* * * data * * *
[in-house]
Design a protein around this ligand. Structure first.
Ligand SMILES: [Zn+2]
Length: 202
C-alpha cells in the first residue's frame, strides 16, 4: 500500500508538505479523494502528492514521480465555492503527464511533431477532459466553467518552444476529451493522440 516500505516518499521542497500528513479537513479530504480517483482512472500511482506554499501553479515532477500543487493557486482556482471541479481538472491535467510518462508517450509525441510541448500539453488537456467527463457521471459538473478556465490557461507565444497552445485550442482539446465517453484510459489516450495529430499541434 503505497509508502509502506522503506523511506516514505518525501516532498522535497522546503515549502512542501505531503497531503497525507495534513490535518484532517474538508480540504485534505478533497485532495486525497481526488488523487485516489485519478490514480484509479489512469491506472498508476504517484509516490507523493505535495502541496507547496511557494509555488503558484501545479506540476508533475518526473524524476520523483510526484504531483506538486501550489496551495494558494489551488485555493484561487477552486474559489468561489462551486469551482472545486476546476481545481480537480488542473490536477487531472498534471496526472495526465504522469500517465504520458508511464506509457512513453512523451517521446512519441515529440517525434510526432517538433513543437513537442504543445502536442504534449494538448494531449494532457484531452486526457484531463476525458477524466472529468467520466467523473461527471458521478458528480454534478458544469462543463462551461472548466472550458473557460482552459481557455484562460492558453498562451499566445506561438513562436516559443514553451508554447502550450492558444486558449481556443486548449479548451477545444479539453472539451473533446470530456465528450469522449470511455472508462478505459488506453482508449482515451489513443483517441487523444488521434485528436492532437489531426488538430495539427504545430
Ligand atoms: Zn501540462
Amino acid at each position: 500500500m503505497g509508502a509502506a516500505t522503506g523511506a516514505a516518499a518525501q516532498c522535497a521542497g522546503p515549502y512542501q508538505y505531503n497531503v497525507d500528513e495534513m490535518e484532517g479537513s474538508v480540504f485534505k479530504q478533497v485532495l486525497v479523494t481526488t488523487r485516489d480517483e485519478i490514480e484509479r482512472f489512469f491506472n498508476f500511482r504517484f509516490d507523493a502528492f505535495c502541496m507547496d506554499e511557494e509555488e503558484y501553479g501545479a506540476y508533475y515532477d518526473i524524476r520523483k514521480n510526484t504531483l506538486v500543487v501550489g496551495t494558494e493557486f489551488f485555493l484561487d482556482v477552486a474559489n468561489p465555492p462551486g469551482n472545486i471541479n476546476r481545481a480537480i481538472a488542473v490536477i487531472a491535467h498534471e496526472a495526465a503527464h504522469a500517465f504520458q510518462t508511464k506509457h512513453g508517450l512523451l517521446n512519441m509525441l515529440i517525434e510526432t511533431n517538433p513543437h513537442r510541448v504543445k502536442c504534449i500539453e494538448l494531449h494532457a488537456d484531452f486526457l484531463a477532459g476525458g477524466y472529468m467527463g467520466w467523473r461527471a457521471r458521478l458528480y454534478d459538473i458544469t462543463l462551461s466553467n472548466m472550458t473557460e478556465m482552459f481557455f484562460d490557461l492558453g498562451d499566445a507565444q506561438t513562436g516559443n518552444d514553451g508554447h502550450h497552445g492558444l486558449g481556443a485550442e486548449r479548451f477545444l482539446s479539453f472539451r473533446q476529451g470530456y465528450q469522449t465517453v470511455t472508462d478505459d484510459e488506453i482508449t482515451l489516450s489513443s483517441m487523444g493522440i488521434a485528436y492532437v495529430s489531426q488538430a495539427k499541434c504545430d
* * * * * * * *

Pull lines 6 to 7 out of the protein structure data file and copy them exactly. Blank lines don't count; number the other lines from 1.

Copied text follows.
Ligand atoms: Zn501540462
Amino acid at each position: 500500500m503505497g509508502a509502506a516500505t522503506g523511506a516514505a516518499a518525501q516532498c522535497a521542497g522546503p515549502y512542501q508538505y505531503n497531503v497525507d500528513e495534513m490535518e484532517g479537513s474538508v480540504f485534505k479530504q478533497v485532495l486525497v479523494t481526488t488523487r485516489d480517483e485519478i490514480e484509479r482512472f489512469f491506472n498508476f500511482r504517484f509516490d507523493a502528492f505535495c502541496m507547496d506554499e511557494e509555488e503558484y501553479g501545479a506540476y508533475y515532477d518526473i524524476r520523483k514521480n510526484t504531483l506538486v500543487v501550489g496551495t494558494e493557486f489551488f485555493l484561487d482556482v477552486a474559489n468561489p465555492p462551486g469551482n472545486i471541479n476546476r481545481a480537480i481538472a488542473v490536477i487531472a491535467h498534471e496526472a495526465a503527464h504522469a500517465f504520458q510518462t508511464k506509457h512513453g508517450l512523451l517521446n512519441m509525441l515529440i517525434e510526432t511533431n517538433p513543437h513537442r510541448v504543445k502536442c504534449i500539453e494538448l494531449h494532457a488537456d484531452f486526457l484531463a477532459g476525458g477524466y472529468m467527463g467520466w467523473r461527471a457521471r458521478l458528480y454534478d459538473i458544469t462543463l462551461s466553467n472548466m472550458t473557460e478556465m482552459f481557455f484562460d490557461l492558453g498562451d499566445a507565444q506561438t513562436g516559443n518552444d514553451g508554447h502550450h497552445g492558444l486558449g481556443a485550442e486548449r479548451f477545444l482539446s479539453f472539451r473533446q476529451g470530456y465528450q469522449t465517453v470511455t472508462d478505459d484510459e488506453i482508449t482515451l489516450s489513443s483517441m487523444g493522440i488521434a485528436y492532437v495529430s489531426q488538430a495539427k499541434c504545430d